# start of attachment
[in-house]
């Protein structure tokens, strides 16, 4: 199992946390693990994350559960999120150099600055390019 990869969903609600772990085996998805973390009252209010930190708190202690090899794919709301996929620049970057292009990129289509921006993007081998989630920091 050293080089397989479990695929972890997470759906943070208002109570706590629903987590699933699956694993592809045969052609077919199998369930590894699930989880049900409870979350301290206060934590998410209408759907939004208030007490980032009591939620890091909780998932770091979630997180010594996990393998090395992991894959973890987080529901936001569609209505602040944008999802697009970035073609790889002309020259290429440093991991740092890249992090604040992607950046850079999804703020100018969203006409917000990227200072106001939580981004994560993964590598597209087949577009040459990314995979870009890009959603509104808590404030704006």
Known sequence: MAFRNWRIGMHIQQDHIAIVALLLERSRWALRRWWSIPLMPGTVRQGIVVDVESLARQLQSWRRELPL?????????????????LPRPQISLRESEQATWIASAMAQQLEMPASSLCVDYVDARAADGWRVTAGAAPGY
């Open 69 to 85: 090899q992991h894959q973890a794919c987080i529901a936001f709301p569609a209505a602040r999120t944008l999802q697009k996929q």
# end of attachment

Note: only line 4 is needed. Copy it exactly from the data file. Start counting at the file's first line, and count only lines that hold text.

């Open 69 to 85: 090899q992991h894959q973890a794919c987080i529901a936001f709301p569609a209505a602040r999120t944008l999802q697009k996929q």